Adventures with Dad Series

There are two books in the Adventures with Dad series – plus a related book called Finding the Rainbows. There are 25 reviews for the three books – 24 of them are five stars. 🙂

Heidi writes about Are You Taking Me Home Now? Adventures with Dad:
“This is a delightful book and Karen is a gifted writer. She lets us listen in to the conversations she and her 100 year old Dad have on their car trips, which had me laughing and crying. Interspersed are memories of earlier times. Having a relationship with an older person whose body and brain don’t work as well as it used to requires patience, humor and love. As someone else here said, “Karen shows us how to do it right.” I enjoyed reading this very much. I highly recommend this book and will be giving it out for gifts.”

Tom Hornbein (November 6, 1930 – May 6, 2023)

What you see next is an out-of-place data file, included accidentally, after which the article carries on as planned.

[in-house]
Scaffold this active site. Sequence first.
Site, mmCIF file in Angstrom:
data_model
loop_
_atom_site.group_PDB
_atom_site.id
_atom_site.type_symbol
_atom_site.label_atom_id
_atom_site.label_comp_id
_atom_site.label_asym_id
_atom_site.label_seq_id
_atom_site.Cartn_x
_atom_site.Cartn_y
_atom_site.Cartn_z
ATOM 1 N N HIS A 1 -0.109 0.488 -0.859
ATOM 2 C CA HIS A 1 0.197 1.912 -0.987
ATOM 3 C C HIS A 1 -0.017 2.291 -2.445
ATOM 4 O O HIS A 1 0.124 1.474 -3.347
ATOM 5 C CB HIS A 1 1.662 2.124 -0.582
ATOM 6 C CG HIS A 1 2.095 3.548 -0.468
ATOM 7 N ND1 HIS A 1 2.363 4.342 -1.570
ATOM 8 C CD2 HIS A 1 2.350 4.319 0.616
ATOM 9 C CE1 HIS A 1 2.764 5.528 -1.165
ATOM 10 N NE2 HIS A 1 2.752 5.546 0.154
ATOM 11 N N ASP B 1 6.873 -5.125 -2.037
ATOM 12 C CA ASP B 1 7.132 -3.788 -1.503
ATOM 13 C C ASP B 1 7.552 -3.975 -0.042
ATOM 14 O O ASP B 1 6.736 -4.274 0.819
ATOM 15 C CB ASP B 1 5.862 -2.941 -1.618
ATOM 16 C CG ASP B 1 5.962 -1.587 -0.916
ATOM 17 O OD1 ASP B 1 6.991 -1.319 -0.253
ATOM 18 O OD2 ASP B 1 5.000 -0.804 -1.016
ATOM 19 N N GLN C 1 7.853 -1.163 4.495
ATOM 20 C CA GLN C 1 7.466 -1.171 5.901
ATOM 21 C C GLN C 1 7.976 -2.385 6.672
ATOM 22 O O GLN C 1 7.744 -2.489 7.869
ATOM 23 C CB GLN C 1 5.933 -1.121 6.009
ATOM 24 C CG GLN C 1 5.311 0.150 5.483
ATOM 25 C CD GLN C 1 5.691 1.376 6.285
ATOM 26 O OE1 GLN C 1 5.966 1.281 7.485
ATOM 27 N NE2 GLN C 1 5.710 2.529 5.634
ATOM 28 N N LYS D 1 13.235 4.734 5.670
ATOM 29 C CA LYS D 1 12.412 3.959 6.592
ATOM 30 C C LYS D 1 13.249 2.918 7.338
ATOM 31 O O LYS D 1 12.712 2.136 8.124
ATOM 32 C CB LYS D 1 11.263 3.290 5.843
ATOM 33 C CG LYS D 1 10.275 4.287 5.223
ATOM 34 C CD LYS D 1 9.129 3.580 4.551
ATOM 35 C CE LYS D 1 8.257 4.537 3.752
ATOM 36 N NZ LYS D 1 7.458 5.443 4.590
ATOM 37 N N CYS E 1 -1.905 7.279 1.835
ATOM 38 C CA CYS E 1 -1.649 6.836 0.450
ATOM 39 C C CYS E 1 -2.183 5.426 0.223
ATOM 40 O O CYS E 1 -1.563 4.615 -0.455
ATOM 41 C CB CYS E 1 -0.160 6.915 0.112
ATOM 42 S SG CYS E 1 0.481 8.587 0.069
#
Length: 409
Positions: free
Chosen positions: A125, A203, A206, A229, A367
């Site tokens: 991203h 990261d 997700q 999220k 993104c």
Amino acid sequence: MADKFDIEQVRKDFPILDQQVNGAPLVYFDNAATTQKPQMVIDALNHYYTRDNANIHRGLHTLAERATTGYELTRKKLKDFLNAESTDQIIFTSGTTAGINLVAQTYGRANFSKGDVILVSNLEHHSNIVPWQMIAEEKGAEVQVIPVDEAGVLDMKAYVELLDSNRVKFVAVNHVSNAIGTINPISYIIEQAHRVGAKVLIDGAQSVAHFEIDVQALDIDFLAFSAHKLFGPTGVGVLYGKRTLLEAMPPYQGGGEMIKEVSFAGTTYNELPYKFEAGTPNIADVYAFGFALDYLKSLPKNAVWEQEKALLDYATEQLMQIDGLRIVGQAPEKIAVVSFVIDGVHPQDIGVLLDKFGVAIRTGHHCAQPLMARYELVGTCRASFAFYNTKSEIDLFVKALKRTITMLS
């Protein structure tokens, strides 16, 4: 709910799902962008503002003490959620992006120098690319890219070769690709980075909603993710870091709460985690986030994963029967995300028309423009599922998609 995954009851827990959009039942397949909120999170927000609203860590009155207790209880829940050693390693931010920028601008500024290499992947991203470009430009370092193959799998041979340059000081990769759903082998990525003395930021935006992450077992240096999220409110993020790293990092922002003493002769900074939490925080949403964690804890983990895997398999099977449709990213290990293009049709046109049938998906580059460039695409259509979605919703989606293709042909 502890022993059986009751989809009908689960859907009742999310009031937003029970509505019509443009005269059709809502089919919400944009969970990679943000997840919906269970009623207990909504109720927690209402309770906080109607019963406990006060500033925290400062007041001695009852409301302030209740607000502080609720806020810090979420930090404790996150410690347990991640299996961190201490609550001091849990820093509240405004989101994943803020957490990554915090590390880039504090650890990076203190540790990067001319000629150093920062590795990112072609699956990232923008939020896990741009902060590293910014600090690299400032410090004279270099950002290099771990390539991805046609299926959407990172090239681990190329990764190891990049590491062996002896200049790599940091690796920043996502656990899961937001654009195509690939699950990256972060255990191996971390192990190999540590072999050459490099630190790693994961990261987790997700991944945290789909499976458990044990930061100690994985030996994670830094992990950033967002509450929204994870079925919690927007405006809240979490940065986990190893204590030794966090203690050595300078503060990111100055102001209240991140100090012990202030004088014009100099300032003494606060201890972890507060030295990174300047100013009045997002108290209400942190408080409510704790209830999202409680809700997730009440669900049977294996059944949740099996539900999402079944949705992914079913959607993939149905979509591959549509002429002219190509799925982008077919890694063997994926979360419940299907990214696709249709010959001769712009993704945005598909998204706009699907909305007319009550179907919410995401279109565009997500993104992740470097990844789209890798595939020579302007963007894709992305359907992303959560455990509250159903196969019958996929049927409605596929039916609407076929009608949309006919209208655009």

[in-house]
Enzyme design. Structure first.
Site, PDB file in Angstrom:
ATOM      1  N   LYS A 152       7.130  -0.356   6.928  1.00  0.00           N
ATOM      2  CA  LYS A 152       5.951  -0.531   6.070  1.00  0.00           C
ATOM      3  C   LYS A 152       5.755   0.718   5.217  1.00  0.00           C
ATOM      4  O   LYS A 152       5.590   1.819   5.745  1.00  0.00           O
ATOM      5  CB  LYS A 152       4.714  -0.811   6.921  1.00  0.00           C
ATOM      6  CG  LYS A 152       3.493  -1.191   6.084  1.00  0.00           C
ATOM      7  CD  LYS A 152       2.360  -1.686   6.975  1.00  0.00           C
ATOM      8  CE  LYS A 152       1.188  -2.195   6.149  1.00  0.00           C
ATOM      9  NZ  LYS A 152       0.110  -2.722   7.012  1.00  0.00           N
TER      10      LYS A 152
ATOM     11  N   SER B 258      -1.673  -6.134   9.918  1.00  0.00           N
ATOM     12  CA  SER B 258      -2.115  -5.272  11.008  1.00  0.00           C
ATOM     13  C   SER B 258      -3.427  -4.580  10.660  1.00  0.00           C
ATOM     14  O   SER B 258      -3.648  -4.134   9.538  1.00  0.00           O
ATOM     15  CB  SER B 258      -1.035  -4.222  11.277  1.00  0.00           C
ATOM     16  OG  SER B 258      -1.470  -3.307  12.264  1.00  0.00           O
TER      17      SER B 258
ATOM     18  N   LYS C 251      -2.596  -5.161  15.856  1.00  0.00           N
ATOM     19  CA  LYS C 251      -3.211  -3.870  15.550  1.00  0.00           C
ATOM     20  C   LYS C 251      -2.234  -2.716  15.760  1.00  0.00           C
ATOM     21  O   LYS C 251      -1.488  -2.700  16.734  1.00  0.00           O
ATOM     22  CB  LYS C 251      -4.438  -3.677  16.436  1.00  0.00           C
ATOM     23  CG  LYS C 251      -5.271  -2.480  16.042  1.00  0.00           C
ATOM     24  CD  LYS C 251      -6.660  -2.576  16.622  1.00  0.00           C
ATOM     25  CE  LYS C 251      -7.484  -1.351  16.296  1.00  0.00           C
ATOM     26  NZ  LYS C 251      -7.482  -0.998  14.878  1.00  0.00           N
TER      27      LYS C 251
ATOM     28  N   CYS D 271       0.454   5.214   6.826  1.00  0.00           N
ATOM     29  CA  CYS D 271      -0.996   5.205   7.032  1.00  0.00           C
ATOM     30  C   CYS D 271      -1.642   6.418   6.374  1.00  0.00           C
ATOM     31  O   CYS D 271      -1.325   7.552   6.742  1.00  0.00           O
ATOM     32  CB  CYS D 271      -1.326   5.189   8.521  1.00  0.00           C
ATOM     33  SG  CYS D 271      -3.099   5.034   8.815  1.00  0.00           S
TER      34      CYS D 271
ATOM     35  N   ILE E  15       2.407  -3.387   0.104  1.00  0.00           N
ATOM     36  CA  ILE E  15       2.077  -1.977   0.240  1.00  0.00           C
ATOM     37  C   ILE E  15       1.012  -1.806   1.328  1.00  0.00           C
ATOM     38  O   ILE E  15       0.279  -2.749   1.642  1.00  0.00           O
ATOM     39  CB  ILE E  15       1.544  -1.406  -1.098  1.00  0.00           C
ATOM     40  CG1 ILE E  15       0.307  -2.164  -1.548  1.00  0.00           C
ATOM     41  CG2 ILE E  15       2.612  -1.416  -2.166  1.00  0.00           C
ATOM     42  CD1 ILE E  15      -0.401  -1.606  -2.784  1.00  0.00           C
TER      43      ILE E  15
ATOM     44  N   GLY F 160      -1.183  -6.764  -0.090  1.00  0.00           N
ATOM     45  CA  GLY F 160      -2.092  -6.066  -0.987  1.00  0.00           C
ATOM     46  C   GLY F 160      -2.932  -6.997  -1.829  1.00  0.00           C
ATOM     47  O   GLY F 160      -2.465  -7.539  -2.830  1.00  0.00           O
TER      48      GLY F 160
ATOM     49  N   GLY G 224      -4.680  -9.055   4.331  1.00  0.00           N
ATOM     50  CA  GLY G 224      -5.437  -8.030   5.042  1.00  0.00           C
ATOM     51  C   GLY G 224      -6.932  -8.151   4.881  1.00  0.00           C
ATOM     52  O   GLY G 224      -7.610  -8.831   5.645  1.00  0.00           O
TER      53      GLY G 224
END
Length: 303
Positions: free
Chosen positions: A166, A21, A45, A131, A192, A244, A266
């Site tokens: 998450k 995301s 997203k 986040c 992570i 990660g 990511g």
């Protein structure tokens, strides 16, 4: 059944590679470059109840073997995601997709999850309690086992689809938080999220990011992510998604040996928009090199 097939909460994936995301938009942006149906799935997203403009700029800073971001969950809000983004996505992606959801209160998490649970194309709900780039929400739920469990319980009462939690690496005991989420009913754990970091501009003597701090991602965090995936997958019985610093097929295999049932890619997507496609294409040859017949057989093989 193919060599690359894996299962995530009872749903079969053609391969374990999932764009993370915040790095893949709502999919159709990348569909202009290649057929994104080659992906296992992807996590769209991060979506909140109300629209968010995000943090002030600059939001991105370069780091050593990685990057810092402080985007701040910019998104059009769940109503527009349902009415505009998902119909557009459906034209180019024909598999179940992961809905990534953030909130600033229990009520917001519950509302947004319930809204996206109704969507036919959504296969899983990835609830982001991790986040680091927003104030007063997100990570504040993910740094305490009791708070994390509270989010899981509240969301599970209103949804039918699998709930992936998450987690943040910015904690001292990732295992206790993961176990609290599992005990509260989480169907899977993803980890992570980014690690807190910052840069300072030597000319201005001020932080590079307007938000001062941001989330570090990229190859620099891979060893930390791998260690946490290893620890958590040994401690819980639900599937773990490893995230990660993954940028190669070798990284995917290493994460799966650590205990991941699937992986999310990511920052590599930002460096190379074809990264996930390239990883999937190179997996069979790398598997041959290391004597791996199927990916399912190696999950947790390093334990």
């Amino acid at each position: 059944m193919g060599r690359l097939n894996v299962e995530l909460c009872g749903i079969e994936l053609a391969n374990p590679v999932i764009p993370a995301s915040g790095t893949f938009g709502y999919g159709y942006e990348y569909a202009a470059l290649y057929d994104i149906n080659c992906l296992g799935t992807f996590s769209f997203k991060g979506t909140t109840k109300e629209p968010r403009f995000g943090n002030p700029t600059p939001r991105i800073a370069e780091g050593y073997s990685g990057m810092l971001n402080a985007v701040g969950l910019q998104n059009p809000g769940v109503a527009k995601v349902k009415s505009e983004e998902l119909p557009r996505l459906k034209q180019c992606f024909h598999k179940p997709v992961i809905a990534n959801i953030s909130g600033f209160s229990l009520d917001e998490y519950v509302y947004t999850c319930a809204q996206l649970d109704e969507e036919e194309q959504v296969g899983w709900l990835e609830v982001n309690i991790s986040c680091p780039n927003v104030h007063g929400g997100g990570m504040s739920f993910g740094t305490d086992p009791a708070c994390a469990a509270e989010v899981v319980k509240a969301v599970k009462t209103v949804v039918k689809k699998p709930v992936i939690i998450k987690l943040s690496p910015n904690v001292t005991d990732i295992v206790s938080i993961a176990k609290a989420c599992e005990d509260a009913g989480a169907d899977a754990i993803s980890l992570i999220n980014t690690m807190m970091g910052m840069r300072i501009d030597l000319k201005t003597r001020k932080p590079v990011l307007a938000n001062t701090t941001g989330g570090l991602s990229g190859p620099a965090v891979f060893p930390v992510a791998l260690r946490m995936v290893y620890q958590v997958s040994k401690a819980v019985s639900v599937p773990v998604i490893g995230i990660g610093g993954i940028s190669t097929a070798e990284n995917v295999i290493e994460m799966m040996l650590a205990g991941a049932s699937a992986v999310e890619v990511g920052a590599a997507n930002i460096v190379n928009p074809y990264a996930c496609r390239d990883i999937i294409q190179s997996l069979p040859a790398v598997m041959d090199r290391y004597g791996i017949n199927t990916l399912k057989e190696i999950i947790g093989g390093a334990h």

Here’s a link to the podcast.

I guess I can say something now because Wikipedia has made it official. The extraordinary Tom Hornbein died early yesterday. He was a remarkable man – and not just because of his mountaineering feats, but because of his beautiful heart and soul. His decades-long friendship with my dad, Dee Molenaar – and his outreach to Dad in his last years – meant so much to us.

The last time he and Dad were together in the person was in April 2018. Jim Wickwire, Bill Sumner and Tom all visited Dad at his adult family home, and brought a book about K2 with them. Dad and his mountaineering buddies looked through the photos in the book and shared memories of mountains climbed. I was able to be there with all of them that day, too – it was an amazing experience to be sharing the same space with all these mountain legends.